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  • Writer's pictureDee Crute

The Unexpected Journey: The End?


Huzzah! Huzzah! Huazzzzzaaaah!

I did it! Heck! I did it!

Okay... Calm down...

Let's start again... with a little bit more decorum...


Rock formation resembling dragon's tale - snorkelling dragon's tail
The Dragon's Tail, South Devon, near Dartmouth ©Dee Crute

Welcome, my dearest Folks, to the almost-FINAL episode of the Unexpected Journey!

On Thursday, the 29th of June, after 71 days of walking along the 630-mile-long South West Coast Path, I finally reached my destination!


A monument showing hands holding a map
The South West Coast Path Monument, Minehead Promenade ©Dee Crute

Or have I?


Indeed, I completed this National Trail, but the Unexpected Journey has not finished yet.


Those who followed my journey from the beginning know that back in March this year, I reached the nadir of my health – physical and mental.


Herein I shall take you back in time to put things into perspective and prove that when the going gets tough, the tough get going – and it’s bloody worth it!


So come on – get into my time machine!


March 2023…


It was so bad that I was very close to losing so much more than just my home and my husband-to-be. Tremors and body spasms caused me to seize, and I fell down the stairs – luckily, I only hurt my leg, but it could have ended up breaking my neck!

Things were getting serious…

And I could not cope with it anymore… The bullying, disability harassment and victimisation at work pushed me further into despair. I don’t think I have shared this before, at least not here… But I was thinking about suicide. I actually made a plan of how and where but not when. That freaked me out, and I called my family doctor.


I sat, and I cried. Not sobbing, but cathartically weeping until I knew…


Sunset on secluded rocky beach
Peppercombe Beach, near Clovelly, North Devon ©Dee Crute

Until I knew that what I was doing, the life I was living, was wrong.


This was when The Unexpected Journey came into being.


The title was derived from The Hobbit (yep, I am a Tolkien girl!).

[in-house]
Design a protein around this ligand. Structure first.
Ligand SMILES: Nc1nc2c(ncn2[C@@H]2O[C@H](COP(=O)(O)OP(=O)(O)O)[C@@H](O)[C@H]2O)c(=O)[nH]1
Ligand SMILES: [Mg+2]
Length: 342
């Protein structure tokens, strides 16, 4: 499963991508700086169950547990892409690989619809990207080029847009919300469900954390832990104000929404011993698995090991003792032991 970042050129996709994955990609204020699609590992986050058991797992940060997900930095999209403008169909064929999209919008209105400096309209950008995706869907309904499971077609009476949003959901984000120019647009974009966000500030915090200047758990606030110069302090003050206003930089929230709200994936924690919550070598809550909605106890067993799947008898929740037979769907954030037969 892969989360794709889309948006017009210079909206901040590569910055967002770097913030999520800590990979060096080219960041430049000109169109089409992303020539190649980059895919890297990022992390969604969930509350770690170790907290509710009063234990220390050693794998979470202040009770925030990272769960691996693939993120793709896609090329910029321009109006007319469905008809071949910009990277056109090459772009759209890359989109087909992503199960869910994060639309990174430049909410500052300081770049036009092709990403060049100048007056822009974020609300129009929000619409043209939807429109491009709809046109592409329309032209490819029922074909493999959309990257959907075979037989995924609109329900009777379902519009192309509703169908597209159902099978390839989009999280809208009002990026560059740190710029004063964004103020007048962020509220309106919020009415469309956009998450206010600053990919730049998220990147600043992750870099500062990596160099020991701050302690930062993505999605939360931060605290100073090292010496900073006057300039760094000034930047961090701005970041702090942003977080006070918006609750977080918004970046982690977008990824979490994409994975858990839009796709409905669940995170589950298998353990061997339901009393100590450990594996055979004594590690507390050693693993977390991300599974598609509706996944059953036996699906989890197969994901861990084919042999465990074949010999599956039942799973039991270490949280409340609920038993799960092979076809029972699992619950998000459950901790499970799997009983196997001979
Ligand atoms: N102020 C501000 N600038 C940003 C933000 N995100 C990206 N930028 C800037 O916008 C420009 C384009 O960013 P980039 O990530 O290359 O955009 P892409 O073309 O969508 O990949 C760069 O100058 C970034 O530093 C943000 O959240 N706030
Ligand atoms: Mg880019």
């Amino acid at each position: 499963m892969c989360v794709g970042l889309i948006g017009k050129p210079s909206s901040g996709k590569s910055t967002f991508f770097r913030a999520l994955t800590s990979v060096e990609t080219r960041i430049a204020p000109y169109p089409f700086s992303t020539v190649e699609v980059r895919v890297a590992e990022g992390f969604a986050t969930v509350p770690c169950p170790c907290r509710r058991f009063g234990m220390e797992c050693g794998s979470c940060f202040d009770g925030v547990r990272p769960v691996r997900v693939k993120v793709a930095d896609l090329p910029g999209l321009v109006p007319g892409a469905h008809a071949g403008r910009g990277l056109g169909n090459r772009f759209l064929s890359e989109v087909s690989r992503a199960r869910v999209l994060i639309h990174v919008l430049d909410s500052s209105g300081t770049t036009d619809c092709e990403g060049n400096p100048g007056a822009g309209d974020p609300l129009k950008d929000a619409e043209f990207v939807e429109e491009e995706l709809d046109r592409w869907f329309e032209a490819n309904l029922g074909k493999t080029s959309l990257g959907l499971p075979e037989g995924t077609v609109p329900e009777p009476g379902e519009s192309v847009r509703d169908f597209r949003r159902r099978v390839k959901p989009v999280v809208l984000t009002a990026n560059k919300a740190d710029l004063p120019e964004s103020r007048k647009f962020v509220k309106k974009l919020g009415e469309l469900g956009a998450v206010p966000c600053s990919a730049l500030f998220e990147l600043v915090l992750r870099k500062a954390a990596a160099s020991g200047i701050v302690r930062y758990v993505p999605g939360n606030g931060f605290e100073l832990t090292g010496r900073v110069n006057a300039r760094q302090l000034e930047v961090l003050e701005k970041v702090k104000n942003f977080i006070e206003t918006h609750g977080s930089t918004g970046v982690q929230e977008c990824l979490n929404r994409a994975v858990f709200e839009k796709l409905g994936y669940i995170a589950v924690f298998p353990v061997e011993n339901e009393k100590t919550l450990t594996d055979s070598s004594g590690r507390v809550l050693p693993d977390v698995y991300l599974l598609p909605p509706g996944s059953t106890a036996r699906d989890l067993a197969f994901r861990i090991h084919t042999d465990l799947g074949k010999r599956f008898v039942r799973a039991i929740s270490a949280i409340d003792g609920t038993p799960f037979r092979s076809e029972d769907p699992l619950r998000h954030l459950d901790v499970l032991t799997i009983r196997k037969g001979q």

Initially, it just meant a new adventure – and by adventure, I meant how I reframed the pickle I found myself in. I needed to rethink and rebuild my life. No actual journey was on the table yet.


I had ideas aplenty! Which I did share with you! I even planned phases, or stages, of going back on track! But none of these worked!


And now, I know that it meant not to work – well, keep reading…

Side of the backpack with Dartmoor Ponies grazing in the background
The path is ahead and Dartmoor Ponies behind ©Dee Crute

Trying to distract myself from the dark thoughts, I decided to rewrite my article about the hike commemorating the Solomon Browne tragedy I had walked with my ex in November last.

This is when The South West Coast Path (SWCP) popped out from the text, and I knew what needed doing.


I ‘click-and-collect’ the SWCP guide, grabbed Lilith (my mountain bike), and, with my hurting leg, cycled from Hove to Lewes in East Sussex, England. It was actually an adventure in itself as wanting so much to ride off-road, I lost my way. I got to the outskirts of Lewes 5 minutes before the bookshop closure. I called the shop, and they super kindly waited for me.


I did not even read the guide! I decided not to plan the journey – just walk it – with a tent on my back – and a good job that I did not do as planning would probably put me off from doing it. I ordered some gear, and once it arrived and the house was cleaned and redecorated, I got on the train to Poole and thus started my adventure.


I don’t think I realised what I was doing. I did not realise how tough it would be.


My Hashimoto autoimmune condition made me constantly catch colds and chest infections. It was scary – I remember two nights being delirious from the fever – one in the hotel, another in the tent when my money was gone. The weather was cold and rainy. But my body somehow got stronger, and halfway I stopped getting ill.


Autism and ADHD, too, were not making it easier – sleeping each day in different places was yay for ADHD and nay for Autism, often causing clashes and meltdowns. Lack of self-care, self-advocating skills, AND naivety were also quite precarious to my wellbeing and safety.

But I learnt how to survive and how to thrive.


My physical disabilities: Fibromyalgia, suspected neurodegenerative condition, Endometriosis, Ehlers-Danlos syndrome, and Developmental Hip Dysplasia made it rather tricksy to walk, climb and do anything really. Not to mention carrying a 4 to 4 ½ stone (25-28 kg) backpack – Mr Baggins the Big Bag. Every step was painful, and on some days, it was agonising and, on others, excruciating.